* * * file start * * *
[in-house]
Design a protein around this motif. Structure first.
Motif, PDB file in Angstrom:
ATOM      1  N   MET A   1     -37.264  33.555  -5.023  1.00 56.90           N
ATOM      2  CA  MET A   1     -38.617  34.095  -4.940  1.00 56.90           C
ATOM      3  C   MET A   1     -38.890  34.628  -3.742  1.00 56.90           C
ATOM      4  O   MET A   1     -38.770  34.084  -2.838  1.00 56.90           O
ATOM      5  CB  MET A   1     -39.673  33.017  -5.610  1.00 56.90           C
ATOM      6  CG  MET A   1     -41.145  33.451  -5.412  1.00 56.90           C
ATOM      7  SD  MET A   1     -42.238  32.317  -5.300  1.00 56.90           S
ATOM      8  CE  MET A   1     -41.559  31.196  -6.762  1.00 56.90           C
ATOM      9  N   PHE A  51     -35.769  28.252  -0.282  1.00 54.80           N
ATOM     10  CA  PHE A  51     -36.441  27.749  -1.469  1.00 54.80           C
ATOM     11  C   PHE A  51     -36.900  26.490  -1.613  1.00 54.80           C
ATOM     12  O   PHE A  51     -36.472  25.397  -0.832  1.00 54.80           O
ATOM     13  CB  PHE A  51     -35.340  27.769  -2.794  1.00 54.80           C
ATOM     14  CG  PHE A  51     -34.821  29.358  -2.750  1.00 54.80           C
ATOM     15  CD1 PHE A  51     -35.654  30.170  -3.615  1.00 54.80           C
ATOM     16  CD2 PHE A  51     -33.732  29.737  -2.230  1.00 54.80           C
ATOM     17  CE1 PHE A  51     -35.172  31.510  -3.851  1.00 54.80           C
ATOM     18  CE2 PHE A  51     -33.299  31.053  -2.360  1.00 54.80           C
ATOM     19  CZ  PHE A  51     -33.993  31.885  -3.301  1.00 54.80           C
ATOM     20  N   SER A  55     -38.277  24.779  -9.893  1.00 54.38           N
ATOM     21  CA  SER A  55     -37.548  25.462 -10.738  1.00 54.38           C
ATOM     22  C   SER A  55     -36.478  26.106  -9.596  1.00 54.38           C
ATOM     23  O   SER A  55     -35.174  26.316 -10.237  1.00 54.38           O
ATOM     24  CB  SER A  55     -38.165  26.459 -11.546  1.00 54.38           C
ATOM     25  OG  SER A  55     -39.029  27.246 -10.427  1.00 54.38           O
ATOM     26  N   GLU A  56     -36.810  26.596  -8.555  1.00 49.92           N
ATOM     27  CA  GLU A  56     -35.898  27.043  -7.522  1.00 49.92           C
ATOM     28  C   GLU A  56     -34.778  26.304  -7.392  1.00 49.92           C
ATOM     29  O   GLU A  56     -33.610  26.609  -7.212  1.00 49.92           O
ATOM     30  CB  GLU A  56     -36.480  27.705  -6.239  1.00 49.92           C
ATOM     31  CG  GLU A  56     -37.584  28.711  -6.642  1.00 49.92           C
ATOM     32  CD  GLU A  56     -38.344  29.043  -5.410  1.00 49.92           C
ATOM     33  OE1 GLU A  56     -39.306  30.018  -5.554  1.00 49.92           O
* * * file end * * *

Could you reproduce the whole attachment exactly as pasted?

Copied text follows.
[in-house]
Design a protein around this motif. Structure first.
Motif, PDB file in Angstrom:
ATOM      1  N   MET A   1     -37.264  33.555  -5.023  1.00 56.90           N
ATOM      2  CA  MET A   1     -38.617  34.095  -4.940  1.00 56.90           C
ATOM      3  C   MET A   1     -38.890  34.628  -3.742  1.00 56.90           C
ATOM      4  O   MET A   1     -38.770  34.084  -2.838  1.00 56.90           O
ATOM      5  CB  MET A   1     -39.673  33.017  -5.610  1.00 56.90           C
ATOM      6  CG  MET A   1     -41.145  33.451  -5.412  1.00 56.90           C
ATOM      7  SD  MET A   1     -42.238  32.317  -5.300  1.00 56.90           S
ATOM      8  CE  MET A   1     -41.559  31.196  -6.762  1.00 56.90           C
ATOM      9  N   PHE A  51     -35.769  28.252  -0.282  1.00 54.80           N
ATOM     10  CA  PHE A  51     -36.441  27.749  -1.469  1.00 54.80           C
ATOM     11  C   PHE A  51     -36.900  26.490  -1.613  1.00 54.80           C
ATOM     12  O   PHE A  51     -36.472  25.397  -0.832  1.00 54.80           O
ATOM     13  CB  PHE A  51     -35.340  27.769  -2.794  1.00 54.80           C
ATOM     14  CG  PHE A  51     -34.821  29.358  -2.750  1.00 54.80           C
ATOM     15  CD1 PHE A  51     -35.654  30.170  -3.615  1.00 54.80           C
ATOM     16  CD2 PHE A  51     -33.732  29.737  -2.230  1.00 54.80           C
ATOM     17  CE1 PHE A  51     -35.172  31.510  -3.851  1.00 54.80           C
ATOM     18  CE2 PHE A  51     -33.299  31.053  -2.360  1.00 54.80           C
ATOM     19  CZ  PHE A  51     -33.993  31.885  -3.301  1.00 54.80           C
ATOM     20  N   SER A  55     -38.277  24.779  -9.893  1.00 54.38           N
ATOM     21  CA  SER A  55     -37.548  25.462 -10.738  1.00 54.38           C
ATOM     22  C   SER A  55     -36.478  26.106  -9.596  1.00 54.38           C
ATOM     23  O   SER A  55     -35.174  26.316 -10.237  1.00 54.38           O
ATOM     24  CB  SER A  55     -38.165  26.459 -11.546  1.00 54.38           C
ATOM     25  OG  SER A  55     -39.029  27.246 -10.427  1.00 54.38           O
ATOM     26  N   GLU A  56     -36.810  26.596  -8.555  1.00 49.92           N
ATOM     27  CA  GLU A  56     -35.898  27.043  -7.522  1.00 49.92           C
ATOM     28  C   GLU A  56     -34.778  26.304  -7.392  1.00 49.92           C
ATOM     29  O   GLU A  56     -33.610  26.609  -7.212  1.00 49.92           O
ATOM     30  CB  GLU A  56     -36.480  27.705  -6.239  1.00 49.92           C
ATOM     31  CG  GLU A  56     -37.584  28.711  -6.642  1.00 49.92           C
ATOM     32  CD  GLU A  56     -38.344  29.043  -5.410  1.00 49.92           C
ATOM     33  OE1 GLU A  56     -39.306  30.018  -5.554  1.00 49.92           O